The Supreme Court struck another blow to the Bill of Rights with its 8-1 decision to expand police powers in situations where the police perform traffic stops based on imaginary laws. The Heien v. North Carolina decision held that an officer’s “reasonable mistake of law” can lead to an allowable search and arrest for contraband.
The case arose from a 2009 traffic stop in North Carolina, in which motorist Nicholas Heien was stopped by police for driving with one broken brake light. That stop led to a search of Heien’s vehicle, which in turn led to the discovery of illegal drugs. Sergeant Matt Darisse arrested Mr. Heien because of the contents of a baggie found in his vehicle.
The twist came from the fact that North Carolina law does not provide the legal pretext for an officer to perform a stop for one broken brake light. State law requires that drivers maintain only one operable “stop lamp” — not two. Here is the language of North Carolina’s § 20-129 (e):
No person shall sell or operate on the highways of the State any motor vehicle, motorcycle or motor-driven cycle, manufactured after December 31, 1955, unless it shall be equipped with a stop lamp on the rear of the vehicle. The stop lamp shall display a red or amber light visible from a distance of not less than 100 feet to the rear in normal sunlight, and shall be actuated upon application of the service (foot) brake. The stop lamp may be incorporated into a unit with one or more other rear lamps.
The officer was mistaken about the law and had no legal grounds to force the driver to stop. The baseless stop led to an arrest. The courts were left to decide if the fruits of this illegitimate traffic stop could be used as evidence to uphold a conviction.
“The government should be presumed to know the laws,” argued attorney Jeffrey Fisher, who represented Mr. Heien before the Supreme Court. “It would undercut public confidence in law enforcement and the common law rule upon which the criminal law is built to say the government doesn’t have to be presumed to know the law when it acted.”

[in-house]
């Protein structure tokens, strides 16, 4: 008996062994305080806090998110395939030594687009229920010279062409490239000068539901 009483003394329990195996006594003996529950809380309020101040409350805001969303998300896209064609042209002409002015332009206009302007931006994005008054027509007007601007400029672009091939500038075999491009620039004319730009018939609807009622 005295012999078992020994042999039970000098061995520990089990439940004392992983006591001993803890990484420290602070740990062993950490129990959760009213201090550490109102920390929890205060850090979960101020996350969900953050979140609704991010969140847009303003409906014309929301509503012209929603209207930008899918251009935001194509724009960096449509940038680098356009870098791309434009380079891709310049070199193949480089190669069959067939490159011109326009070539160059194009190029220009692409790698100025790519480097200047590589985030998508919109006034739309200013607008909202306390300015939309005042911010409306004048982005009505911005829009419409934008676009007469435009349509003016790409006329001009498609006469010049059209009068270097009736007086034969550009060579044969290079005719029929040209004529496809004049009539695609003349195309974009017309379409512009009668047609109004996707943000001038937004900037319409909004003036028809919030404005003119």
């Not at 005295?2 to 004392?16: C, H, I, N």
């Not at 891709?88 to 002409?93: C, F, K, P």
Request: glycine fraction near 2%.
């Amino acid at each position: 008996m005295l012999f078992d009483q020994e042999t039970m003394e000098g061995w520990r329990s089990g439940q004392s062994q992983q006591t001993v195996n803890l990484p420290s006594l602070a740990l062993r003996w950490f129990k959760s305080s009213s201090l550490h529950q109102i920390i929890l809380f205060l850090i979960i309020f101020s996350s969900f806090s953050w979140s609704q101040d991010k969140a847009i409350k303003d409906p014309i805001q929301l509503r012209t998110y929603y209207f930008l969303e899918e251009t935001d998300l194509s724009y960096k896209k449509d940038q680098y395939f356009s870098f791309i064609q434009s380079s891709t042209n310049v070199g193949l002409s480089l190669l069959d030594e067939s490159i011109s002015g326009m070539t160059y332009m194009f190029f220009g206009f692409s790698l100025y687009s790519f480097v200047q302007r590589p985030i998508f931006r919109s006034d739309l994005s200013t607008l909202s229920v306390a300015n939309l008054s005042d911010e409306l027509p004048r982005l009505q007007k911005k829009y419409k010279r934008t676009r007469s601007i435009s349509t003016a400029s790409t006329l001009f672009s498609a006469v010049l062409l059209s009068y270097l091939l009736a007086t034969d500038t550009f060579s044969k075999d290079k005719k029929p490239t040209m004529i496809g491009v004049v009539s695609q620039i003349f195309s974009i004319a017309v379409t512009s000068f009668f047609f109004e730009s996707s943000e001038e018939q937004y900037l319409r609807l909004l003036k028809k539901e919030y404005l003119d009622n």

The court disagreed. Chief Justice John Roberts wrote that the maxim “ignorance of the law is no excuse” does not apply here, because Mr. Heien “is not appealing a brake light ticket.” Instead, he is appealing a drug conviction “as to which there is no asserted mistake of fact or law.”
In other words, the police can be totally wrong in their pretexts for initiating stops, but not in the charges applied thereafter.
On December 15th, 2014, the Supreme Court affirmed a lower court’s decision and made the case into a national precedent. Chief Justice Roberts wrote the majority opinion, and was joined by Justices Antonin Scalia, Anthony Kennedy, Clarence Thomas, Ruth Bader Ginsburg, Stephen Breyer, Samuel Alito, and Elena Kagan.
Chief Justice Roberts vaguely promised that the court’s decision “does not discourage officers from learning the law,” because only objectively reasonable mistakes were permitted. “An officer can gain no Fourth Amendment advantage through a sloppy study of the laws he is duty-bound to enforce.”
Writing alone in dissent, Justice Sonia Sotomayor criticized her colleagues for giving the police so much leeway. “One is left to wonder,” she wrote, “why an innocent citizen should be made to shoulder the burden of being seized whenever the law may be susceptible to an interpretative question.” In Sotomayor’s view, “an officer’s mistake of law, no matter how reasonable, cannot support the individualized suspicion necessary to justify a seizure under the Fourth Amendment.”
This expansion of police power can be traced directly back to the liberty-destroying War on Drugs. A free society cannot coexist with this legion of government agents, obsessing daily over searching citizens for contraband.
READ THE DECISION: HEIEN v. NORTH CAROLINA